With increased focus on positive organizational scholarship, new ways of understanding the processes and dynamics of positive outcomes in organizations are rapidly emerging. The practice of organizational development and change is on the forefront of this shift in direction, moving from traditional change methods to approaches that feature Appreciative Inquiry. In the past, organizational interventions typically focused on error detection, gap analysis, and fixing problems. Today there are more applications that examine what contributes to the best of organizational life as a starting point for change.

In this chapter, we discuss how Appreciative Inquiry, an organizational development and change process, contributes to positive organizational scholarship. We begin with a review of the technique’s history and relate it to traditional practices. We then outline a theory that explains the understructure of Appreciative Inquiry, offering propositions to suggest how this process fosters positive organizational change.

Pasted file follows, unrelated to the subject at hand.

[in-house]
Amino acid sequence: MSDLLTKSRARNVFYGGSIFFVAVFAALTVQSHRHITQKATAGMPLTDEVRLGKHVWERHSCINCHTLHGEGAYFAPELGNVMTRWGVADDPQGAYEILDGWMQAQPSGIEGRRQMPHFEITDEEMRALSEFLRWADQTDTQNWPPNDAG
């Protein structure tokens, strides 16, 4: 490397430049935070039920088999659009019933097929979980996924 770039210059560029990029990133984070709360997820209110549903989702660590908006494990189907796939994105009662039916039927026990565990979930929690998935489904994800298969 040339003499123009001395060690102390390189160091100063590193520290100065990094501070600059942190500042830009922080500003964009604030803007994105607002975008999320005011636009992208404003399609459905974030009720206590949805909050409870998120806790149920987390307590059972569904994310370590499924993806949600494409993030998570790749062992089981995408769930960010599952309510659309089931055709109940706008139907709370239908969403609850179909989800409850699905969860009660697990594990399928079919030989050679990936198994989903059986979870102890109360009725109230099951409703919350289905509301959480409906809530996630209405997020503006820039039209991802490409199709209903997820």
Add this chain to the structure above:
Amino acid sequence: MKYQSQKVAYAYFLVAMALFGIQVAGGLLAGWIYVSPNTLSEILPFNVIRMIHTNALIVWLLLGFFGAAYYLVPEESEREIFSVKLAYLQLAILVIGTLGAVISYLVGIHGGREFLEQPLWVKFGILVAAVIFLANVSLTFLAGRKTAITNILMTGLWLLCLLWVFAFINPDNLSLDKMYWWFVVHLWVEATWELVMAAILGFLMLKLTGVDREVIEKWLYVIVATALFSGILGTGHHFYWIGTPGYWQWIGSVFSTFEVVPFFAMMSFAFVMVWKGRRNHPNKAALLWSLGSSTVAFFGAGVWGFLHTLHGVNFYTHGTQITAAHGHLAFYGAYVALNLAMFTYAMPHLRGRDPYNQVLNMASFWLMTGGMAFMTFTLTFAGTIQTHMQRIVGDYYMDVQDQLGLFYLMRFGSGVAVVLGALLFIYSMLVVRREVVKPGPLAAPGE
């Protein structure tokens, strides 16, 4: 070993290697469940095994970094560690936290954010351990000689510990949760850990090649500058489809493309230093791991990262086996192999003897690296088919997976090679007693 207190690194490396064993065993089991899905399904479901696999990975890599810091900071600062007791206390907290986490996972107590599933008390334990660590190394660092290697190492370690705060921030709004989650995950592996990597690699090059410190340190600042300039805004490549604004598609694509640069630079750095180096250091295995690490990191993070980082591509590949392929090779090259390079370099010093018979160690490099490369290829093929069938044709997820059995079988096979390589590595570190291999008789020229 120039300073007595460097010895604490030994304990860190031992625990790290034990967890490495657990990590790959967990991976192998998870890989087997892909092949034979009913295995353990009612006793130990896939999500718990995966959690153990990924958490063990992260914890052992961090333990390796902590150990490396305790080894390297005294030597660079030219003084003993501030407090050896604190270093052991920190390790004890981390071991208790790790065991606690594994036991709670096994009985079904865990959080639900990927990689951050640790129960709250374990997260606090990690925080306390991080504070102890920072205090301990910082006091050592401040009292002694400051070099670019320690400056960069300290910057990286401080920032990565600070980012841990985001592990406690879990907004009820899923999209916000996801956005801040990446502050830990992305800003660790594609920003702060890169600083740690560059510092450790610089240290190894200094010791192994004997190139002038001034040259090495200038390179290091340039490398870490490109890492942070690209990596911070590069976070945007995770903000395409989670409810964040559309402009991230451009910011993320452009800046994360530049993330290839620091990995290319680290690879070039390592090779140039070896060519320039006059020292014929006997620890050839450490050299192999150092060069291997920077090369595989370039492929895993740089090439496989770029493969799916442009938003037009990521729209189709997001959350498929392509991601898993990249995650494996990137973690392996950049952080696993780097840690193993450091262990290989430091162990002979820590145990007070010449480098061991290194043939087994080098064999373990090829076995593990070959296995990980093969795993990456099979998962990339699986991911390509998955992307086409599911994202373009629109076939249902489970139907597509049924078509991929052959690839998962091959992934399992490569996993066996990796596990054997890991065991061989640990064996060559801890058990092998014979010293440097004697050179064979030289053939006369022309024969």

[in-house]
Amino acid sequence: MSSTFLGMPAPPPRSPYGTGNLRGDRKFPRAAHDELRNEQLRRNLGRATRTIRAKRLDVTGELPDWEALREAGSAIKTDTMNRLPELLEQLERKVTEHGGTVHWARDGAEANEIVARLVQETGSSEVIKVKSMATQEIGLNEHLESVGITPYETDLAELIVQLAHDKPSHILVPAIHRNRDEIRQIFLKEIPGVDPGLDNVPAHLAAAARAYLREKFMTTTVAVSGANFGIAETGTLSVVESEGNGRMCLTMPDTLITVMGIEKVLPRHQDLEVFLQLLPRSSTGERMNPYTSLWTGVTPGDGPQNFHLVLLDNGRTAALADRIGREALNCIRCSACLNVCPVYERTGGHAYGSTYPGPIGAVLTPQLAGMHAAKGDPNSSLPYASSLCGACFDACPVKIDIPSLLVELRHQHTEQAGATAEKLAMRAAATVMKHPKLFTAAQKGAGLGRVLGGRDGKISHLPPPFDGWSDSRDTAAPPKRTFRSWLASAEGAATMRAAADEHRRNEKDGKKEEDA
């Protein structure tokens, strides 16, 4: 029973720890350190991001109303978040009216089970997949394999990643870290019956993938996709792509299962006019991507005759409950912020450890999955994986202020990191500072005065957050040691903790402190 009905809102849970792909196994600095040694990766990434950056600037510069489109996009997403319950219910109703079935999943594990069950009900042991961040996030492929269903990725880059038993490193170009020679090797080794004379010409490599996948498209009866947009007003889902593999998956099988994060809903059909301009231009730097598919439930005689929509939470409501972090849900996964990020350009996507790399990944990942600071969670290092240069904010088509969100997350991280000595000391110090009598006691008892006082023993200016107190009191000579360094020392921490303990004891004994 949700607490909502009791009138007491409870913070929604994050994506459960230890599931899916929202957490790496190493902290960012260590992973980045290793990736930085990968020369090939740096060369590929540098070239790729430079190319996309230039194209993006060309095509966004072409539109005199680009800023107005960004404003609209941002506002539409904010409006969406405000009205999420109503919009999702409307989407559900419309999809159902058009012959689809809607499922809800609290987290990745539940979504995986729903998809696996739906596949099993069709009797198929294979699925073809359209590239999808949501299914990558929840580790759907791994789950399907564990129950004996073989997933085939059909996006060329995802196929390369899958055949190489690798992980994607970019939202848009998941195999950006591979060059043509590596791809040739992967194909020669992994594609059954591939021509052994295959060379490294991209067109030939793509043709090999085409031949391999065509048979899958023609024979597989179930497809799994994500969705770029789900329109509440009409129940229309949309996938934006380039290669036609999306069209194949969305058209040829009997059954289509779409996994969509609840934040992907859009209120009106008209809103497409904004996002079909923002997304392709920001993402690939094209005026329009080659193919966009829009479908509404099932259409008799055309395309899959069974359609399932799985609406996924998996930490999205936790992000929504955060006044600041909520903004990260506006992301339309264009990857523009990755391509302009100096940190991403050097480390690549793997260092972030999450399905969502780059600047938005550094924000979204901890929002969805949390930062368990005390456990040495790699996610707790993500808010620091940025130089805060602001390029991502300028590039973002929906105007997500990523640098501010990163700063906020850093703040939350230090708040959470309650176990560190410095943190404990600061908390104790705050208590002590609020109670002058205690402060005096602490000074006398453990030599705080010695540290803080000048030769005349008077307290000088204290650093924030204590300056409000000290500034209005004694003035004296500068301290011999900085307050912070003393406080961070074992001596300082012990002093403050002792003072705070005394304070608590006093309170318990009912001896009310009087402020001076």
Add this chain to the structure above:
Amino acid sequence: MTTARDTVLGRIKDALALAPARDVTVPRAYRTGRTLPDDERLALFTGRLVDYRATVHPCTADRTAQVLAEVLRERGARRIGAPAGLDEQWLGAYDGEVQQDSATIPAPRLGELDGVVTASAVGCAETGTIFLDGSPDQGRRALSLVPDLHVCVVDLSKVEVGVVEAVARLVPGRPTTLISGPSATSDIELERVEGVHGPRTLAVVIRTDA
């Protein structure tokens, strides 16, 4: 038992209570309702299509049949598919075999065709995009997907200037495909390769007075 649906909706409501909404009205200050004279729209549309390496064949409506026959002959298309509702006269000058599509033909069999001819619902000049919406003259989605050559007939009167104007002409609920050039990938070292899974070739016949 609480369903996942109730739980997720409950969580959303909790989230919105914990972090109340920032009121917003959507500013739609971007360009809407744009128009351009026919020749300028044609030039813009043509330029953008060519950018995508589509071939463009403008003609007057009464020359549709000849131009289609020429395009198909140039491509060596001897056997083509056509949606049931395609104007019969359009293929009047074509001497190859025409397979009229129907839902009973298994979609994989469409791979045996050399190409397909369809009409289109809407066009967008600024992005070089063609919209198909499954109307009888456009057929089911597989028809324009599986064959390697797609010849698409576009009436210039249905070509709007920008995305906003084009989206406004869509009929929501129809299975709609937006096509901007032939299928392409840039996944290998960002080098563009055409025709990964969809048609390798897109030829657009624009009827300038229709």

16 Authentic Leadership Development


Chapter 16

Authentic Leadership


Fred Luthans and Bruce Avolio

In times of swirling negativity, as has occurred in recent years with the dotbombs, September 11 terrorism, gyrating stock values, and the meltdown of corporate ethics, society in general and organizations in particular turn to leaders for optimism and direction. Through the ages, especially in times of crisis and extreme turmoil, historical figures such as Alexander the Great,